New Hampshire Democrats want to take the fight over Kavanaugh to Gov. Chris Sununu and use it to undermine the popular incumbent’s re-election bid. They’ve seized on the fact that Sununu signed a letter of endorsement for Judge Kavanaugh’s nomination to the SCOTUS over the summer. But how far can Democrats go making the case that an allegation of sexual misconduct from decades ago should disqualify a candidate for high public office?
Let’s ask Gov. Maggie Hassan and Sen. Jeanne Shaheen, pictured here campaigning with Bill Clinton—in 2014.
Consider the facts these women knew about Bill Clinton and his treatment of women as they stood on that stage. From Juanita Brodderick to Paula Jones to Monica Lewinsky, the former President’s behavior isn’t the subject of mere unsubstantiated allegations. Are these New Hampshire Democrats prepared to wage war over whether Gov. Sununu and 31 other governors should have signed a letter endorsing Judge Brett Kavanaugh?
It wasn’t too long after the above photo was taken that the New Hampshire Democratic Party changed the name of their annual fundraising dinner from the Jefferson-Jackson Dinner to the Kennedy-Clinton Dinner. Less than three years later, sheer embarrassment forced the party to change it again—to the Eleanor Roosevelt dinner.
The “He Said, She Said” Kavanaugh saga is not good for Sununu or any Democrats (not to mention how awful it must be for Dr. Ford and Judge Kavanaugh.) . The disturbing accusation laid out by Christine Blasey Ford is enough to turn anyone’s stomach. Whether her charges are real, fake, or a misfiring memory over 35 years resulting in mistaken identity—this conversation feeds the narrative that the party of Donald Trump is a party that’s not welcoming to women. And that hurts Republicans across the board, particularly in states like New Hampshire where Trump is already under water.
But what about Chris Sununu himself? Did he make a mistake signing a letter of endorsement, and should he withdraw that endorsement now?
The head of the Democratic Governor’s Association, Washington’s Jay Inslee, was in New Hampshire over the weekend campaigning for Molly Kelly. “Gov. Sununu really ought to do the responsible thing and rescind his endorsement and we’ve called on him to do that.” Kelly later said in an interview “Before there was even a vetting of Kavanaugh’s appointment, Chris Sununu signed a letter with 30 other Republicans supporting Kavanaugh’s appointment and my question would be, what was the rush?”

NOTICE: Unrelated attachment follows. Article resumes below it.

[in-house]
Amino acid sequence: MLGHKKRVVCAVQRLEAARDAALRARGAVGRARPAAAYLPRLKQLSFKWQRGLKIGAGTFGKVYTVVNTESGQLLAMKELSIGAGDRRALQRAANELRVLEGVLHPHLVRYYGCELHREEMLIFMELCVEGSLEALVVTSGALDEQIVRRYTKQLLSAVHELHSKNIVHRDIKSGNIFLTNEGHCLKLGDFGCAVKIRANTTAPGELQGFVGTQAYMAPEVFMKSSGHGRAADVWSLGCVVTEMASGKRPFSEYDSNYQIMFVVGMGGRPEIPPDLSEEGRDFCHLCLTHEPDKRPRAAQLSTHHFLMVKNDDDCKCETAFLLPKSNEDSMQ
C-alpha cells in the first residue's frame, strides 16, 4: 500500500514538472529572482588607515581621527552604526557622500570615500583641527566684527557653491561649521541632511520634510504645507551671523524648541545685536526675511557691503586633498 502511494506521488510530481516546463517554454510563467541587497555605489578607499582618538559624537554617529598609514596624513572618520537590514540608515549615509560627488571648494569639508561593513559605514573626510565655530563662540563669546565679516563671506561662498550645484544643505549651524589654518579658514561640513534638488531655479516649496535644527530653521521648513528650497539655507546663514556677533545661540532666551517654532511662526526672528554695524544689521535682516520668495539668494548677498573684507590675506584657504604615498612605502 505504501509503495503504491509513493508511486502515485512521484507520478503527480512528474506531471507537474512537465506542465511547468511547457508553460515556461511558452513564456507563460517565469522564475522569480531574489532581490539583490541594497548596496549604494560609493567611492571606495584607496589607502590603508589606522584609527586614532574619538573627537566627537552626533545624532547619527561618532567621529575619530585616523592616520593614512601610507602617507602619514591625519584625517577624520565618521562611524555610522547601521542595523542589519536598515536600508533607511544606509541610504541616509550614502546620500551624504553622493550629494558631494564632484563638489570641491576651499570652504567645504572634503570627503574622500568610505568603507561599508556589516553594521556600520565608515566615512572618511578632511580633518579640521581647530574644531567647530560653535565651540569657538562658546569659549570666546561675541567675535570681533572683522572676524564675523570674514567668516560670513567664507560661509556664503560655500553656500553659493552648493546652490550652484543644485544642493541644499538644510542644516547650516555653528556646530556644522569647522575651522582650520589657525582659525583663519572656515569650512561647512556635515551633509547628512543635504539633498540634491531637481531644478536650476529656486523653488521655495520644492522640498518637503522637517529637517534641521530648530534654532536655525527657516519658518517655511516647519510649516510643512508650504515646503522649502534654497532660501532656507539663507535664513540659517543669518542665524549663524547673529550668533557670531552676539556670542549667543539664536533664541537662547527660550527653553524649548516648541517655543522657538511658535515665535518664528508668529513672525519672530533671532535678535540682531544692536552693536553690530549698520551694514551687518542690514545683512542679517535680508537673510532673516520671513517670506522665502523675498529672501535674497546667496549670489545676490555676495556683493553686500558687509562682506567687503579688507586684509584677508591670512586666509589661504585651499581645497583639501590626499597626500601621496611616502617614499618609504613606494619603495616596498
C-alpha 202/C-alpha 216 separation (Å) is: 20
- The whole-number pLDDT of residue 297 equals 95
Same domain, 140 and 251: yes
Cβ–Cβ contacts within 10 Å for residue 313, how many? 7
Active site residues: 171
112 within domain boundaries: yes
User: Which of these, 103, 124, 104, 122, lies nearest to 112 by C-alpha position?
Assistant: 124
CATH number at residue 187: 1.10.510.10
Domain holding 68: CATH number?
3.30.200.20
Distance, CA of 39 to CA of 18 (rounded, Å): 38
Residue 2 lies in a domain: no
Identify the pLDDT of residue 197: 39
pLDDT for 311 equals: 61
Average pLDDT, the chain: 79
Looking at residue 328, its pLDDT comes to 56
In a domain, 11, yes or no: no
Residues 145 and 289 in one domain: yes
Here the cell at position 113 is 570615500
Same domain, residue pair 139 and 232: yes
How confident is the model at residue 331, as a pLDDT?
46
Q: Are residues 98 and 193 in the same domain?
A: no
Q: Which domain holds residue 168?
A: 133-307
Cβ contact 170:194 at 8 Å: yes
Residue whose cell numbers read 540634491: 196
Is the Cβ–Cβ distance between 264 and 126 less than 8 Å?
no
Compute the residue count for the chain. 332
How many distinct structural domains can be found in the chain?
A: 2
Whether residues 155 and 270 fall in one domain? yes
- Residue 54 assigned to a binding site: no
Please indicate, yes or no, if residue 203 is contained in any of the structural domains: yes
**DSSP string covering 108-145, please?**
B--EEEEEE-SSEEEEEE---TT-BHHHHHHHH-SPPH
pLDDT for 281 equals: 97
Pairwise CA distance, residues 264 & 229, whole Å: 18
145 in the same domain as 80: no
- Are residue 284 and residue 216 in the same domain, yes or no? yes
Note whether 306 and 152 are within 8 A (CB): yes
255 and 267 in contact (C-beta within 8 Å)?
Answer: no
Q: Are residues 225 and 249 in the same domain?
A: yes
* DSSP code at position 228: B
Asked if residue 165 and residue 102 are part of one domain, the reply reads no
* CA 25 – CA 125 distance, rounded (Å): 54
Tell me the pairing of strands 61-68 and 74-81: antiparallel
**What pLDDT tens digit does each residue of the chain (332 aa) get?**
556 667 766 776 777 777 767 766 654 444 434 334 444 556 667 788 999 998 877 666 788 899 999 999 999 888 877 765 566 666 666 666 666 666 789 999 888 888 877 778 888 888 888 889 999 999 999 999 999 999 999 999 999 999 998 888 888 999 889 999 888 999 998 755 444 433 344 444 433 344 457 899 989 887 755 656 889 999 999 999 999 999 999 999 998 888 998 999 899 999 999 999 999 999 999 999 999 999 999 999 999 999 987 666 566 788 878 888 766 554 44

Actually, Judge Kavanaugh had been vetted by the FBI before. Six times. And thanks to the hyper-partisan politics during the W. Bush administration, Kavanaugh actually had to go through the hearing process to become a Circuit Court of Appeals judge twice. Multiple vettings, decades of public service, 12 years on the Appeals Court bench…and not a hint of scandal.
Unlike, say, the current Democratic state senator from the North County, Jeff Woodburn, who is facing charges of sexual assault—not from the early days of the Reagan administration—but right now. And how many days did Molly Kelly spend campaigning for his opponent? When did she endorse the Democratic woman running against him as a write-in? None, and never.
Meanwhile, Gov. Sununu says he stands by his endorsement of Kavanaugh…for now. “Any allegations of this nature must be taken seriously,” Sununu said Monday. “Of course we support him today but again, this is serious stuff and they have to do their homework at the Senate side. They’ll do what has to be done to figure out what the truth of the matter is.”
In other words, let the process continue. Which, interestingly, echoes the views of Sen. Susan Collins of Maine, who when asked “Do you believe Dr. Ford,” replied: “I don’t know enough about Dr. Ford and allegations to reach that kind of judgment. That’s why I want to have the opportunity to observe her being questioned, to read a transcript, read depositions—that’s so important.”
Then Sen. Collins added “Obviously, if Judge Kavaaugh lied about what happened, that would be disqualifying.”
This is the position, not just of Sen. Collins and Gov. Sununu, but most Republicans who’ve spoken out on the Kavanaugh case. And it’s a position only the most partisan voters would find disqualifying.
But even if there political hay to be made in New Hampshire from the Supreme Court battle in DC, are Democrats in a position to make it? Can the party that has repeatedly urged voters to look past personal scandals and focus on the competency of the candidate— from “It’s not Paula Jones, it’s the Dow Jones” in the 1990s to Hillary Clinton’s emails and FBI investigation in 2016— capitalize on Chris Sununu’s standard-issue endorsement of a GOP judicial appointment?